Sep 7, 2018

East Meets West

Eastern culture is becoming mainstream in the United States.

Lawrence R. Samuel Ph.D.
Psychology Today
September 6, 2018

In 1968, the Beatles went to India to take part in a Transcendental Meditation (TM) session at the ashram of Maharishi Mahesh Yogi.  Led by George Harrison, the Beatles’ interest in TM not only changed Western attitudes about Indian spirituality but ushered in a wholesale fascination with Eastern ways.  Twenyt-something Baby Boomers were most intrigued by the East, part and parcel of their countercultural notion of rejecting their parents’ generation way of life based in Western-style competition, conformity, and consumer capitalism.  Buddhist philosophy meshed nicely with students’ peace protests against the Vietnam War, and achieving a state of bliss through TM and yoga (and psychedelics) became common among American and European youth culture.

A half-century later, George Harrison’s sitar is still ringing in Westerners’ ears.  Eastern spiritualities have become mainstream, with many finding Buddhism to be an ideal alternative or complement to traditional Judeo-Christian religion.  With their early exposure to Eastern philosophies, boomers continue to embrace Buddhism, and millennials too are shopping at what has been called “the spiritual marketplace.”  “Meditation, dharma teachers, retreat centers and monasteries, as well as some core terms (dharma, karma, mindfulness, zazen, bodhisattva, and metta, to name a few) have become well known and understood,” observed writer and teacher Lewis Richmond.  Westerners are also embracing Eastern health care practices en masse, with consumers of all stripes cruising the aisles of CVS, Walgreen’s, and Duane Reed for natural remedies.  Massage, acupuncture, herbal supplements, liquid vitamins, and essential oils are all part of this pursuit to stay healthy without resorting to drugs (and doctors).

Acupuncture—the Chinese practice of stimulating certain areas of the body, usually by putting narrow needles into the skin—is growing especially fast as a form of alternative medicine.  Acupuncture can help those with certain conditions avoid surgery, and research from a study at the National Institutes of Health has shown that the technique is effective in reducing chronic pain.  By literally pinpointing a half dozen energy points in the human body, acupuncture is said to reduce fatigue and help people stay active for longer.  Acupuncture is part of what some refer to as Traditional Chinese Medicine (TCM), which is expected to thrive in the years ahead.  While Western science has yet to definitively prove that acupuncture has clinical efficacy, there is sufficient anecdotal evidence to suggest that it and other TCM modalities work.  Unlike Western medicine, where a single doctor visit yields a prescription or referral, TCM works over time.  The acceptance of Chinese medicine has been growing to the point where some insurance providers will cover treatments—some very good news indeed.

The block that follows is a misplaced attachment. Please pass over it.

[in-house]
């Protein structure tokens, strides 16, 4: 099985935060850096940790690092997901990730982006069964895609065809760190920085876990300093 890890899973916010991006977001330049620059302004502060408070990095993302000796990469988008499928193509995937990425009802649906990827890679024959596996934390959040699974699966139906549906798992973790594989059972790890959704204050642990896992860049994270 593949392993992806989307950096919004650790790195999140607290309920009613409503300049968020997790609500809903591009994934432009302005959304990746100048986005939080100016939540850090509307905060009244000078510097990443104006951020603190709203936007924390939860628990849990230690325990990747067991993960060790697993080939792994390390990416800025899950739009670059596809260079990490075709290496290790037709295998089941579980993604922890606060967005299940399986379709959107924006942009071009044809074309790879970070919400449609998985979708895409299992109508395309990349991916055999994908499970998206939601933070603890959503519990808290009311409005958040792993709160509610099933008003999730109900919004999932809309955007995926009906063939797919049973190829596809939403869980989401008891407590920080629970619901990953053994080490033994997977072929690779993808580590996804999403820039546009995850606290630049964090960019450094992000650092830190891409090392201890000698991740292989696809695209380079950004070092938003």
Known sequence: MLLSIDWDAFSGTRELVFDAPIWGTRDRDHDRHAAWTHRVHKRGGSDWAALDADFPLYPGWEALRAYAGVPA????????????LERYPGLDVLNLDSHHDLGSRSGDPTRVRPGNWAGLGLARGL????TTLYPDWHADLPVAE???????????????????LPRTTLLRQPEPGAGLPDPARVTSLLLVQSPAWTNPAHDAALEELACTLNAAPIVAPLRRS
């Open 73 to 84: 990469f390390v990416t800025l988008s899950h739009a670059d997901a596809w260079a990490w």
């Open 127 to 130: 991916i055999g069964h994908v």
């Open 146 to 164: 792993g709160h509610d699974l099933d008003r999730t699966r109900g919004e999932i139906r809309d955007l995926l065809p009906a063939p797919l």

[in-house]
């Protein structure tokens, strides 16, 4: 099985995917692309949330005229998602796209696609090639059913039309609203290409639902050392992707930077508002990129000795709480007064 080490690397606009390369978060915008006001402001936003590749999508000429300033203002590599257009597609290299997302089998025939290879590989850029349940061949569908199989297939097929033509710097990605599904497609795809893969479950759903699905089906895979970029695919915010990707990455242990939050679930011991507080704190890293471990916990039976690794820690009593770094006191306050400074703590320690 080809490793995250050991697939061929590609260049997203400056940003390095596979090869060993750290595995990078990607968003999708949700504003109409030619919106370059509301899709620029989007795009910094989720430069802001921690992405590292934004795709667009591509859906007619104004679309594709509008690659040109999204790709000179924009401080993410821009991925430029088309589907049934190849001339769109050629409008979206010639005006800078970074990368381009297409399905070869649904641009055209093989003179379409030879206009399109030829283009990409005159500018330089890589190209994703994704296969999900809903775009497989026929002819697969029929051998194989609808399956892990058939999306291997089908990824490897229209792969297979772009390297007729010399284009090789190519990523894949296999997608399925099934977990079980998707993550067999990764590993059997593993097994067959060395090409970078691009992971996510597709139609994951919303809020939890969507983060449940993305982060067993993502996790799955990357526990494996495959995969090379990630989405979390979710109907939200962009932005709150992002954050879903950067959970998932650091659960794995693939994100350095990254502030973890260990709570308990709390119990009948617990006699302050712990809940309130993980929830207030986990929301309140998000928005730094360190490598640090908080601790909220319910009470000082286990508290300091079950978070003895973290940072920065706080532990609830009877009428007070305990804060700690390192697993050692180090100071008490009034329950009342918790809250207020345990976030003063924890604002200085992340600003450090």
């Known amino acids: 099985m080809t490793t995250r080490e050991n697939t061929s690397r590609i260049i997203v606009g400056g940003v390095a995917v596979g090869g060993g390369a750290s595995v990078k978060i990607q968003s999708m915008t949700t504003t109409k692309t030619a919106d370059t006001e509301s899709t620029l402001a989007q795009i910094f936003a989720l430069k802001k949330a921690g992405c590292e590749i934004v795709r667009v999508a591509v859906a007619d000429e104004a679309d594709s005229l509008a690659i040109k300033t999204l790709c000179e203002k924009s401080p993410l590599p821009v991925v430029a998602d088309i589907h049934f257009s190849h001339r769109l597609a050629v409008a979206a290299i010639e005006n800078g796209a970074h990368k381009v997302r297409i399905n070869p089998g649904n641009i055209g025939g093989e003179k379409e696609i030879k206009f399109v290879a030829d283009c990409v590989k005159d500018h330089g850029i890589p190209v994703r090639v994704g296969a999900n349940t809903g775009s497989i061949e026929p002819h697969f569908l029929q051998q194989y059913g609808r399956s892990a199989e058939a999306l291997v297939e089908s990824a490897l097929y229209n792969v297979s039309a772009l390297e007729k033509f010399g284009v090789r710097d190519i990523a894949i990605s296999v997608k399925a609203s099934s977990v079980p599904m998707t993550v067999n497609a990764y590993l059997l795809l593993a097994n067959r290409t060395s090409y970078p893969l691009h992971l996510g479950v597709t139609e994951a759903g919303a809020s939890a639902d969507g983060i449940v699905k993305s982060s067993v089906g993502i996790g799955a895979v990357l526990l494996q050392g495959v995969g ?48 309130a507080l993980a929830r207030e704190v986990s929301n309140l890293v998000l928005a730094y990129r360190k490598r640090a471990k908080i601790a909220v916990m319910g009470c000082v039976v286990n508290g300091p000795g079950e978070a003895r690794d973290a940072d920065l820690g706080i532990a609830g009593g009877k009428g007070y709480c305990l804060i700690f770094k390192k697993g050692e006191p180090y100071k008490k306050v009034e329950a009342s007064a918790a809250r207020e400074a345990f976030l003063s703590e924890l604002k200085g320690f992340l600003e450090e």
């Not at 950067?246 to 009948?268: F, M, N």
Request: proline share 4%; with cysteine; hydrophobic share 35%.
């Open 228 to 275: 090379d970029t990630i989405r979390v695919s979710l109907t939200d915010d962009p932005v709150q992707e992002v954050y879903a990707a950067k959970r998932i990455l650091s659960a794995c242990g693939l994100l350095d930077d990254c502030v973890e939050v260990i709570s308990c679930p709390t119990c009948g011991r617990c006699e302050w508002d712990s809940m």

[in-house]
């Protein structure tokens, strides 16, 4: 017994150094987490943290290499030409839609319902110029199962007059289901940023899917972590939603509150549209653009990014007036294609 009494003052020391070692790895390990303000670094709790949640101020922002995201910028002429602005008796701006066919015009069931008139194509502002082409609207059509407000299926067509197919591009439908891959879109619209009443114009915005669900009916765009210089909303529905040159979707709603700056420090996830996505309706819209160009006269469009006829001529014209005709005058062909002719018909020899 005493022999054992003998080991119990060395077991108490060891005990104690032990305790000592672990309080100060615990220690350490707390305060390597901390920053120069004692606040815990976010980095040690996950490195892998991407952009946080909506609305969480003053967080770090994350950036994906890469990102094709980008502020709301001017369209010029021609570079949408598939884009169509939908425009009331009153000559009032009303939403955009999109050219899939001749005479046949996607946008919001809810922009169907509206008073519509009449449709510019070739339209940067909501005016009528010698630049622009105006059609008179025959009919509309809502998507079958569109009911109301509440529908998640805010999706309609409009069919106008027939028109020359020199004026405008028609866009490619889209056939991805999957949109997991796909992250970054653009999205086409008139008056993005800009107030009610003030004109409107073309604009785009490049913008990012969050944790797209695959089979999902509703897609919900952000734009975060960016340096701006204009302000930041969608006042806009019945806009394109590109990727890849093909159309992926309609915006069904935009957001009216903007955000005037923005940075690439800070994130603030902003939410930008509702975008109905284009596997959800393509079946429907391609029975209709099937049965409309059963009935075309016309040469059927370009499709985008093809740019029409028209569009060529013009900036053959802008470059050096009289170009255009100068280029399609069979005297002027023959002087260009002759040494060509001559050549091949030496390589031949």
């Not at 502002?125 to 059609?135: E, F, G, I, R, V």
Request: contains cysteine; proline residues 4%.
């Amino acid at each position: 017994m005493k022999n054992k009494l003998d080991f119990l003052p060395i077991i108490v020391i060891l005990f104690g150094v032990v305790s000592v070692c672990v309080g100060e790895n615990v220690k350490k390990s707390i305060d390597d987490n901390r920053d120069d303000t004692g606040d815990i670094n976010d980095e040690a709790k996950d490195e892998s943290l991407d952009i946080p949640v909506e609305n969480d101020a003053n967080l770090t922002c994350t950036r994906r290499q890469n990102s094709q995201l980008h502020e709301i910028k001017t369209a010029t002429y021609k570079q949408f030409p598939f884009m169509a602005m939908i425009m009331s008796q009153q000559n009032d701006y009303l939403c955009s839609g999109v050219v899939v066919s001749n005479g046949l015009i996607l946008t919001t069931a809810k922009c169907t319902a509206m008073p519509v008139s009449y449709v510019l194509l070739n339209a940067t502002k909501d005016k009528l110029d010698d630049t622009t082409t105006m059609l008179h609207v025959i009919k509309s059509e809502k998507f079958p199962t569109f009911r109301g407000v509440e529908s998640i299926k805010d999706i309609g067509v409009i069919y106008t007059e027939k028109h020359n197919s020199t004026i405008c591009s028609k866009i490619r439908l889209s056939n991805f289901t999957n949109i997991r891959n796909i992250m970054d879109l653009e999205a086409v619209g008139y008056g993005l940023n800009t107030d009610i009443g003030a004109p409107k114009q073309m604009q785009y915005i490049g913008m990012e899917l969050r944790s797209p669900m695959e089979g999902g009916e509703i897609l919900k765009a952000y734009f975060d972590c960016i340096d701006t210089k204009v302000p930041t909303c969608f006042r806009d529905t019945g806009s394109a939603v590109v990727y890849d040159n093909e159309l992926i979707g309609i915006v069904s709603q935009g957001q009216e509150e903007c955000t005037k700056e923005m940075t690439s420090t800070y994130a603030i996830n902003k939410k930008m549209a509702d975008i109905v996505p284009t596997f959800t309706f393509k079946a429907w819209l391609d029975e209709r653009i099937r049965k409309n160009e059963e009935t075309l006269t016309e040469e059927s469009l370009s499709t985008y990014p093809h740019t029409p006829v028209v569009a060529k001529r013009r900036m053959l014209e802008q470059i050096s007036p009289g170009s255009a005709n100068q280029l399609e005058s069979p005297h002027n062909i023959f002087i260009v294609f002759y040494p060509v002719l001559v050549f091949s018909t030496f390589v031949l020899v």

More Americans and Europeans are also opting for Eastern fitness regimes such as qigong that offer an alternative to extended cardiovascular workouts designed to build strength.  The aim of qigong is to bring about “qi” (spoken as “chee”), the Chinese concept of curative energy that moves like a current throughout one’s body.  Participants follow a teacher engaged in deep breathing exercises combined with a set of flowing motions involving various parts of the body, especially the joint areas.  The soaring interest in Eastern exercise practices like qigong is a function of Westerners’ desire to achieve wellness via a more integrated mind-body-spirit philosophy.  Health clubs are sensibly responding by filling classes with kinder and gentler activities imported from Asia, a sign of bigger things to come as more Eastern modalities roll West.

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